People in places like rural Kansas and downtown Washington, DC often have a misplaced trust in authority and elected officials. They are inclined to take their comments at face value, not realizing that these people often have ulterior motives.
The Washington Post gave us an example of this confusion in a front page article on President Obama's effort to push the Trans-Pacific Partnership (TPP), which it repeatedly refers to as a "free-trade" pact. The piece follows the administration's line in telling readers that "the president threw his full support behind the pact as part of a broader effort to rebalance U.S. foreign policy to the fast-growing Asia-Pacific region."
This assertion makes little sense since the administration is simultaneously pursuing a similar trade pact, the Trans-Atlantic Trade and Investment Pact, with Europe. What both deals have in common is that they are primarily about imposing a business-friendly structure of regulation on both our trading partners and the United States. The more plausible explanation is that President Obama is trying to get more business support for the Democratic Party.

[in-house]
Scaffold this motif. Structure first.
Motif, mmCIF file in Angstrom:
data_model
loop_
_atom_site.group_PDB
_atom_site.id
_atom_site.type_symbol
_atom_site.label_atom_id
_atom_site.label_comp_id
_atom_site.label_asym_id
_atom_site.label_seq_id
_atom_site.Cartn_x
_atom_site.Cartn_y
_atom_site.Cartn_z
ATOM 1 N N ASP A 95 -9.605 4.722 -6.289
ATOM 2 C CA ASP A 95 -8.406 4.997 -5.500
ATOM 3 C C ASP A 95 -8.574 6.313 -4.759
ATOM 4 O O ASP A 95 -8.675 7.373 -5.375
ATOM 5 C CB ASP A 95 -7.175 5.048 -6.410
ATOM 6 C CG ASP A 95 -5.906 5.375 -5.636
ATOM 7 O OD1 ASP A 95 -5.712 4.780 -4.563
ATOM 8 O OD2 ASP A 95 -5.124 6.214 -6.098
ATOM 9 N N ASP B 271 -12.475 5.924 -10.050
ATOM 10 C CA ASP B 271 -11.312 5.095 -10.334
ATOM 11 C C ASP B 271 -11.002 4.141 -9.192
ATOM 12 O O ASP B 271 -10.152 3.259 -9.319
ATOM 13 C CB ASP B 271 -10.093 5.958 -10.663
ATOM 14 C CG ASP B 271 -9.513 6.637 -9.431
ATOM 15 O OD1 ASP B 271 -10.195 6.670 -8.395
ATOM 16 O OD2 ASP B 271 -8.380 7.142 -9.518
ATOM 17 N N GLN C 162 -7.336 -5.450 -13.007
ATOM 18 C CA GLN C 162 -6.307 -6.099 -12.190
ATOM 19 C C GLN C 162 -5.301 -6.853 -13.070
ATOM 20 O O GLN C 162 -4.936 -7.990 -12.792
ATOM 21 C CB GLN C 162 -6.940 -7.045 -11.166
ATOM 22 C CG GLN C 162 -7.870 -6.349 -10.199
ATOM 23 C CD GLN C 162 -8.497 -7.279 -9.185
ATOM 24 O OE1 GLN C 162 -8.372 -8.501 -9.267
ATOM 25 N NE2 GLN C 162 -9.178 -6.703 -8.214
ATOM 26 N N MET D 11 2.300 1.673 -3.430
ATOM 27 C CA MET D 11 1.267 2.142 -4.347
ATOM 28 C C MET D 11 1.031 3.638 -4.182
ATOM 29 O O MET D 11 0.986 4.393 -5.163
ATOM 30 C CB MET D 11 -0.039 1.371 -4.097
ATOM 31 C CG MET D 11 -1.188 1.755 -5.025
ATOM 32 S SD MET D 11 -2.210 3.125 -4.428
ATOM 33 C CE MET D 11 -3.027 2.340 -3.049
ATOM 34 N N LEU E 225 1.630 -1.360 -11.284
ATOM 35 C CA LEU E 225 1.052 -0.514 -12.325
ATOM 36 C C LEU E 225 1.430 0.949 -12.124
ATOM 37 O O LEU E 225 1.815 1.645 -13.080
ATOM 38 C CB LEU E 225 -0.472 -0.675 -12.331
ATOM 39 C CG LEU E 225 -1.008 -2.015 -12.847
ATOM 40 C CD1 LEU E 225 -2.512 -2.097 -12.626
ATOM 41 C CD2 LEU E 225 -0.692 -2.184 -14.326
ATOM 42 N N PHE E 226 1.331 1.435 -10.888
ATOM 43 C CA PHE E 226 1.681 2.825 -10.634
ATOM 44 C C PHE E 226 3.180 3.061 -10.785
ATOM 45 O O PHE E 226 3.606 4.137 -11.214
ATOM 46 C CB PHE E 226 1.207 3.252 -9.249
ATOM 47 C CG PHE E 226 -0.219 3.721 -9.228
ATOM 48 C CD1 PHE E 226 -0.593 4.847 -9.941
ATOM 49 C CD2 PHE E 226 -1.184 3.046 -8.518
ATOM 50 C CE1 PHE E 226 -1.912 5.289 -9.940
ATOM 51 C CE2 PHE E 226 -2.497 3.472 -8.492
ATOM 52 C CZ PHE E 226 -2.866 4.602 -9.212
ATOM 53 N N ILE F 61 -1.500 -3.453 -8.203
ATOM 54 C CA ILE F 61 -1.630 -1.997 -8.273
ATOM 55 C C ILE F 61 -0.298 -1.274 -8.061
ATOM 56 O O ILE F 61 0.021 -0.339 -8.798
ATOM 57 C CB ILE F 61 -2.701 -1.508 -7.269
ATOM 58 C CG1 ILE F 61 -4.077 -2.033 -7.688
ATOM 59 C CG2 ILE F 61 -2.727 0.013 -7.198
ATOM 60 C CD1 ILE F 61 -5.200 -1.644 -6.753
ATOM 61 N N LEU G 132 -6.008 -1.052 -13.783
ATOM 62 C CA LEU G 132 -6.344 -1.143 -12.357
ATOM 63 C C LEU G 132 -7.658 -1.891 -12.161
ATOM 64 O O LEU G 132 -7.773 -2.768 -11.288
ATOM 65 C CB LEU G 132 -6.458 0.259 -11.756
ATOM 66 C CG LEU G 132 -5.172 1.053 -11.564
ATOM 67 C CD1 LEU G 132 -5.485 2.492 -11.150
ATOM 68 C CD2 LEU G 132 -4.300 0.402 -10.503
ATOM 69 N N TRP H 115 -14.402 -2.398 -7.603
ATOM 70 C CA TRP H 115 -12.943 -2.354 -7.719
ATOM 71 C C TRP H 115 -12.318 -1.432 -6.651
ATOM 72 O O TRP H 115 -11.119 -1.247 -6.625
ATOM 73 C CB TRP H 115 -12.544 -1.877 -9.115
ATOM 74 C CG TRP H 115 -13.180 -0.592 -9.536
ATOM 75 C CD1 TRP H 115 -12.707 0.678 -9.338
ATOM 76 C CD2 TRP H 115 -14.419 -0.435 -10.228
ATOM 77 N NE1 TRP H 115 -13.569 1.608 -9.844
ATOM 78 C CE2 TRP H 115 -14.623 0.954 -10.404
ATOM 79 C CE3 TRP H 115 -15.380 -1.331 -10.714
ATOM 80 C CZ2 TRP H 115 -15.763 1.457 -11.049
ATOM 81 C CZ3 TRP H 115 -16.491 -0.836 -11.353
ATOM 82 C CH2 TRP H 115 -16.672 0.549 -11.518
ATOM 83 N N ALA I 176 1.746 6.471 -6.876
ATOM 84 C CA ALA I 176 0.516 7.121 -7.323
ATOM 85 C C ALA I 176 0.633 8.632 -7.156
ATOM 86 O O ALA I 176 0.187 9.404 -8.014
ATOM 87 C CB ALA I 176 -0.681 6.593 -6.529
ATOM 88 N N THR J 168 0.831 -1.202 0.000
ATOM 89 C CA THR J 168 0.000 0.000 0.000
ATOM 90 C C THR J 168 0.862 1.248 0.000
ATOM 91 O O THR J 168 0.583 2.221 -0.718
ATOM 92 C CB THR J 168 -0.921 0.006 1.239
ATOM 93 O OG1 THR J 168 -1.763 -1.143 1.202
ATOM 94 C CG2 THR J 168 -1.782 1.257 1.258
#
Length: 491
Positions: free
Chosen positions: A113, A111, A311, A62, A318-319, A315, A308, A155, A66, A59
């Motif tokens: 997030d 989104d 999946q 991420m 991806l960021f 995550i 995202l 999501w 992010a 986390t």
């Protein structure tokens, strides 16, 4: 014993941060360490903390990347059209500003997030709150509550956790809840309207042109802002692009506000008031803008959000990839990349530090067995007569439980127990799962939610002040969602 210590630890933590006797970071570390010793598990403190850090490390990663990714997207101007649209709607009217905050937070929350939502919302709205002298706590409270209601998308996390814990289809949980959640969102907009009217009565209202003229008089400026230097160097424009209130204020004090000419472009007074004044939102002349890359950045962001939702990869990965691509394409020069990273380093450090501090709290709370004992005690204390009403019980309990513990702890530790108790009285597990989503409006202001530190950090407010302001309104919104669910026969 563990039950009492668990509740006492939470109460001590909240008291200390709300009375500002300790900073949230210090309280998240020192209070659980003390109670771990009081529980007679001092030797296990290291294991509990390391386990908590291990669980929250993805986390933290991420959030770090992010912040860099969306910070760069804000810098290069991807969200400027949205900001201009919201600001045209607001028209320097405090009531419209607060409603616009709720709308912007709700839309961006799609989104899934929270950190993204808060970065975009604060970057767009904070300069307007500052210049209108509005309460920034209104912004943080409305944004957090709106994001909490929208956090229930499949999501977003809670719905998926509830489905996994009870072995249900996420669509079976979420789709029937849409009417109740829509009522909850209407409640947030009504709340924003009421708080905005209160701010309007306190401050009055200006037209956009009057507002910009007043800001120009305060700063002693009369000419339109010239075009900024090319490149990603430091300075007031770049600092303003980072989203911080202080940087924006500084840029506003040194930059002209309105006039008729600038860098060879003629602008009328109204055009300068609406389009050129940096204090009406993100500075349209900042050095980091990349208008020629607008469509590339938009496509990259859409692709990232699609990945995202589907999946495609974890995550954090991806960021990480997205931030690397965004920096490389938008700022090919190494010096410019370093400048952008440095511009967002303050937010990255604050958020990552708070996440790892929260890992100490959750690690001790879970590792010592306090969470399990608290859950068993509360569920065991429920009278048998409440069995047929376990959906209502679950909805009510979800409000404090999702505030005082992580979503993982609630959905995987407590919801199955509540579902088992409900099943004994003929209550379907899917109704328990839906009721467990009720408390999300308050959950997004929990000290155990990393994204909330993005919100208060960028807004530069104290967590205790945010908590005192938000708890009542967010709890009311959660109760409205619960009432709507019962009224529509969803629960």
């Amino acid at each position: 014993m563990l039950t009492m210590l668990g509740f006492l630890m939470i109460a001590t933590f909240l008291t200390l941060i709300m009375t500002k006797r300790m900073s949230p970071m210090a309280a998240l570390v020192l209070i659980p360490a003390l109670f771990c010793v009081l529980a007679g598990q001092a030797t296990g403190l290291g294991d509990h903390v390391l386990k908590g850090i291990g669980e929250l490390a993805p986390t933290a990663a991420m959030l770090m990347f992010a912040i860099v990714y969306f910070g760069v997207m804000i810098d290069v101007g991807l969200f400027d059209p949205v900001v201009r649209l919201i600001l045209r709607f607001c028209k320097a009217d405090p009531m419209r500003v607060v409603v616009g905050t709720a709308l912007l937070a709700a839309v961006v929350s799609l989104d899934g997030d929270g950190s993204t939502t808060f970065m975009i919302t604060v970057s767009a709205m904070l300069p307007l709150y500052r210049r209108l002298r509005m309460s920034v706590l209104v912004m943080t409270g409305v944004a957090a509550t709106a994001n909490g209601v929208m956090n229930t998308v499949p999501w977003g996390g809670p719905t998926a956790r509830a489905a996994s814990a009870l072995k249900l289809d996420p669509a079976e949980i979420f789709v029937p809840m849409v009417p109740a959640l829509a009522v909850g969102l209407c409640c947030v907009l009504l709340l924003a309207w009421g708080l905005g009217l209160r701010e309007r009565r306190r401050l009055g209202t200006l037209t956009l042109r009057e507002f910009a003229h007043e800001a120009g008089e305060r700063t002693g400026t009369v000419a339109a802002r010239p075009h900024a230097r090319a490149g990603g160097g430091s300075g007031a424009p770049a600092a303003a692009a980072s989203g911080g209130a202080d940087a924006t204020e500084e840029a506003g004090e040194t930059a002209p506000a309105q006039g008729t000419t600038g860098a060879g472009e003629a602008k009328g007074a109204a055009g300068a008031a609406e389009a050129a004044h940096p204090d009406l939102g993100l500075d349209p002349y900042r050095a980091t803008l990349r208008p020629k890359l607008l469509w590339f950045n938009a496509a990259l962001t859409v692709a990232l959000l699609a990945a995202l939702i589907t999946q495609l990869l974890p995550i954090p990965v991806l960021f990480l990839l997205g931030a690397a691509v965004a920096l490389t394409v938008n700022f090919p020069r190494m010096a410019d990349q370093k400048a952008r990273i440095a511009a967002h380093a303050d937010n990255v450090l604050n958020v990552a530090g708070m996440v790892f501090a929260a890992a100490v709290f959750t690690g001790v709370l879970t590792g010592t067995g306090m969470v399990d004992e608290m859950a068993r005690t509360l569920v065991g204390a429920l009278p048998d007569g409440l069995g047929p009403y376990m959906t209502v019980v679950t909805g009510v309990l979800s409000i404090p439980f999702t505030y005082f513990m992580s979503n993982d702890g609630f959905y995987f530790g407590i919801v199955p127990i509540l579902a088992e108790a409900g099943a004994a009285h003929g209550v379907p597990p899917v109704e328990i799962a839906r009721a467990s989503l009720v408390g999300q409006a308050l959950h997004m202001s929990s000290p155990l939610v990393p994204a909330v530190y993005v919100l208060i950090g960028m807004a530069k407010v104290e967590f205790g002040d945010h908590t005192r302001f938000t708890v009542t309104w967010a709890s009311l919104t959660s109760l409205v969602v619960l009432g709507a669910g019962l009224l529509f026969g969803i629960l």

The terms of the pacts will supersede laws put in place by both national and sub-national governments, creating an investor-state dispute settlement mechanism. Foreign corporations would be able to contest laws at every level of government at these tribunals. Their rulings could not be over-turned by domestic courts. Incredibly, the Post article made no mention of these tribunals even though they have been a major cause of opposition to the agreements.
The piece also repeatedly refers to the TPP as liberalizing trade. This is not at all clear. Most of the trade barriers between the United States and the countries in the agreement are already low. While the TPP will reduce many of these barriers further, it will also increase protectionist barriers in the form of patent and copyright protection. It is entirely possible that the increase in protectionism due to stricter and longer protections in these areas will most than offset any reduction in the remaining tariff and quota barriers.
It is also worth noting that the deal will likely include nothing about regulating currency values. The decision of many developing countries to deliberately keep their currencies low against the dollar has been the major factor sustaining the U.S. trade deficit, which is now more than $500 billion annually (@ 3 percent of GDP). This loss of demand is the major cause of the "secular stagnation" that economists like Larry Summers have been writing about lately. Opponents of this trade deal have argued that currency should be included in the pact given the enormous damage caused by the resulting trade deficits.